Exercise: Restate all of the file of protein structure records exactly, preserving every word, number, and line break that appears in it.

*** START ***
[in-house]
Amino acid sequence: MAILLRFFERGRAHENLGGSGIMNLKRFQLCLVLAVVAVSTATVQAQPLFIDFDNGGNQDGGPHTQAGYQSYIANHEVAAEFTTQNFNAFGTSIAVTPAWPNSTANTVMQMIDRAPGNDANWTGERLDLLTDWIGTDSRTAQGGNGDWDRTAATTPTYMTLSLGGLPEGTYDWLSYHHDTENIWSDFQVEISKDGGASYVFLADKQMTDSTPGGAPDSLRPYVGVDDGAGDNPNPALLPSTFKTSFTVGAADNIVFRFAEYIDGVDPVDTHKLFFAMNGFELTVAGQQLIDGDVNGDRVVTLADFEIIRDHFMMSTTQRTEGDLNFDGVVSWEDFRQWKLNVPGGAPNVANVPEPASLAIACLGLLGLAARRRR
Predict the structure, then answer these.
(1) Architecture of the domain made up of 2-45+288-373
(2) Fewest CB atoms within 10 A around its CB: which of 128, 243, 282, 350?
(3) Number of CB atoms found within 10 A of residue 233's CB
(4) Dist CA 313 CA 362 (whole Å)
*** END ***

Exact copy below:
[in-house]
Amino acid sequence: MAILLRFFERGRAHENLGGSGIMNLKRFQLCLVLAVVAVSTATVQAQPLFIDFDNGGNQDGGPHTQAGYQSYIANHEVAAEFTTQNFNAFGTSIAVTPAWPNSTANTVMQMIDRAPGNDANWTGERLDLLTDWIGTDSRTAQGGNGDWDRTAATTPTYMTLSLGGLPEGTYDWLSYHHDTENIWSDFQVEISKDGGASYVFLADKQMTDSTPGGAPDSLRPYVGVDDGAGDNPNPALLPSTFKTSFTVGAADNIVFRFAEYIDGVDPVDTHKLFFAMNGFELTVAGQQLIDGDVNGDRVVTLADFEIIRDHFMMSTTQRTEGDLNFDGVVSWEDFRQWKLNVPGGAPNVANVPEPASLAIACLGLLGLAARRRR
Predict the structure, then answer these.
(1) Architecture of the domain made up of 2-45+288-373
(2) Fewest CB atoms within 10 A around its CB: which of 128, 243, 282, 350?
(3) Number of CB atoms found within 10 A of residue 233's CB
(4) Dist CA 313 CA 362 (whole Å)